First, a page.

Last night I sat on my deck and watched the sky play a game of cat and mouse with me. I wanted to be in a comfortable state of mind, so I had taken some pillows from our living room and heaped them in a corner of our deck.
My sketchpad lay open, and I stared down at the stark white page. I am not an artist, but my fingers itched to translate the beauty of the sky into a visual feast on paper. Scrolls of cerulean blue, magenta, and deep ochre painted the canvas above me.
Maybe the colours would leap to life under my paintbrush if I concentrated long and hard enough. I bent over my sketchpad, engrossed in getting the colours just right.
How much easier it would be if I didn’t need a paintbrush…I imagined the colours magically falling from the sky and coming to rest on my page. Suddenly, the paintbrush came alive in my hand, and I didn’t look up until I felt the classic ‘aha’ moment. That moment when a little voice in the creative hub room whispers, You got it, baby…
But while I had been struggling to capture the moment, the sky had shape shifted into something else entirely.
By the time I had painstakingly created something that could safely be tacked to the storage-shed wall, the sun had dipped behind a bank of trees.
The sun was gone, but it was a warm night. It held the kind of darkness that is strangely comforting. I was reluctant to leave my nest of pillows, so I waited for the darker, nighttime orb to take its place in the sky.
The moon was smudged over by layers of gauzy cloud, and I basked in the stillness of the night. Inside the circle of the moon was a network of lacy webs, like the Spirograph patterns I loved to create as a child.
The artistry took my breath away. Maybe the play of light was creating something out of nothing, but whatever the case, I was enjoying the show.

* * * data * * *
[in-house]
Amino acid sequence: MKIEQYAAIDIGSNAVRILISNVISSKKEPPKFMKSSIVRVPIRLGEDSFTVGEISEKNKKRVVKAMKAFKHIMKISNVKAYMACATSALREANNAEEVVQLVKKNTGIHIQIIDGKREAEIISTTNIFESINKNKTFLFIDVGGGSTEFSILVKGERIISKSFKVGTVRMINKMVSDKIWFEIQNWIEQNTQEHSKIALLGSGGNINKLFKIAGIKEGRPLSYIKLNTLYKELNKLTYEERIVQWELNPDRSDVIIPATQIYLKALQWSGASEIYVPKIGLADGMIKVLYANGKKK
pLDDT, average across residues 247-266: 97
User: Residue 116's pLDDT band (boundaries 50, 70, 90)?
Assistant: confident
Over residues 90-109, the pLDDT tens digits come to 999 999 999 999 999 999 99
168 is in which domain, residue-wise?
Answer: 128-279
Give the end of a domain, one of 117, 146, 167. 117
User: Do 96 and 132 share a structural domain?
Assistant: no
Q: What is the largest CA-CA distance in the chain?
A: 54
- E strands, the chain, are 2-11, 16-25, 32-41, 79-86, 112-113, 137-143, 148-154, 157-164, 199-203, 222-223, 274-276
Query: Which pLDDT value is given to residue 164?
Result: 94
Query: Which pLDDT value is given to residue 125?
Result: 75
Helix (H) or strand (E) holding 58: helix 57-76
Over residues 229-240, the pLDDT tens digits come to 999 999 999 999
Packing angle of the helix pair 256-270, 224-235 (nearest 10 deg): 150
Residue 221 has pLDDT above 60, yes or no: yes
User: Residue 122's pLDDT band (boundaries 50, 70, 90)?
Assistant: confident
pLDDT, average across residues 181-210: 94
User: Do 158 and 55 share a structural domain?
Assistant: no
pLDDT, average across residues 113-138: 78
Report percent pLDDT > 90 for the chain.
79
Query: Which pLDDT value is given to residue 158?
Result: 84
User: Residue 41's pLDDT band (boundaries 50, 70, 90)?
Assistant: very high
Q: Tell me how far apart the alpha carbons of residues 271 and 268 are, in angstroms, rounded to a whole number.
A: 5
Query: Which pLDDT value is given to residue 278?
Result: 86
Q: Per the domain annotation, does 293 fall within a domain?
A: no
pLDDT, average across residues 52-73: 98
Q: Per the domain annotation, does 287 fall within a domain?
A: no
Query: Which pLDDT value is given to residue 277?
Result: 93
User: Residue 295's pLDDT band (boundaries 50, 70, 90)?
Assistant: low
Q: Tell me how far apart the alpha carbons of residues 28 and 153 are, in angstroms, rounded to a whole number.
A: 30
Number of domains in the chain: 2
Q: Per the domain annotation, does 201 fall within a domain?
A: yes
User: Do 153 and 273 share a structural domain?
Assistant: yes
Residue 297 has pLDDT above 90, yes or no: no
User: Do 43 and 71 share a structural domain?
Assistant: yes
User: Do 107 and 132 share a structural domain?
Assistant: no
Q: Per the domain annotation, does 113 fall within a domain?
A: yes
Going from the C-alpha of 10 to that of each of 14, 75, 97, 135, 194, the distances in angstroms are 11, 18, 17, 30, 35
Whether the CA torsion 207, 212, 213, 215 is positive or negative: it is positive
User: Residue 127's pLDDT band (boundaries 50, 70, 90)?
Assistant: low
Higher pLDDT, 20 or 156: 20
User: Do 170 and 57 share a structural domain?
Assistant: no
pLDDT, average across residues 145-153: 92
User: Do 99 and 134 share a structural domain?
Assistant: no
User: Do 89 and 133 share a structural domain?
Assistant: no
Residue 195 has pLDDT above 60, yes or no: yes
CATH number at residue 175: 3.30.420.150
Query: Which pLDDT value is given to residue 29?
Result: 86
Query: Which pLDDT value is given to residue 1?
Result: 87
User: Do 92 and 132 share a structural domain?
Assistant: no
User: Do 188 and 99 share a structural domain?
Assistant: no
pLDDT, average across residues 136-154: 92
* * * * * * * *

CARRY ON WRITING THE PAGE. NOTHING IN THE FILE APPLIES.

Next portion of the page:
It struck me that the moon didn’t choose to reveal breathtaking beauty. It didn’t labour in front of the mirror, for hours at a time, intent on showing itself to maximum effect.
It simply showed up. Like a simple act of love. It arrives without any fanfare, and asks nothing of us.
My thoughts strayed to my friend, and co-founder of Ideal-Way, Robert Pio Hajjar. Before the birth of Ideal-Way, Robert sat down with his Aunt Addie and Uncle Don. He took a plain wooden box from under his bed, and emptied it. Nickels, dimes, and quarters spilled helter-skelter across the smooth expanse of his bedspread. Together, they counted the coins out loud.
Robert sat back and held his breath.His entire life savings, held out in the palm of his hand, for the sake of others.
He figured it would be in the thousands. But the amount didn’t matter. He just knew that what he was doing was right. God had told him that his Aunt Addie was the perfect person to start up a company for people just like him. And he would be the first donor.
As the last coin was deposited in the box, Addie Daabous held up her hand.
“Attention, everyone! The final amount is…drum roll, please…Sixty-two dollars and five cents!”
That was the beginning. The first donation to Ideal-Way.
“Do what God told me to tell you. Start something for people like me. Make their lives better…because they can’t do it for themselves,” Rob said.
As I sat on my deck, watching the sky transform from one glorious vision to another, it prompted me to think that I don’t need to work so hard to get things ‘just right.’
Maybe it’s time to leave the sketchpad at home, and just show up. Follow the lead of a Down syndrome man who didn’t struggle for one second with his decision to give everything away.
Rob is a reminder to shine your light into every corner of your world. And don’t be afraid to offer whatever gifts you have. The beauty contained in a simple act of love will transform every life around you.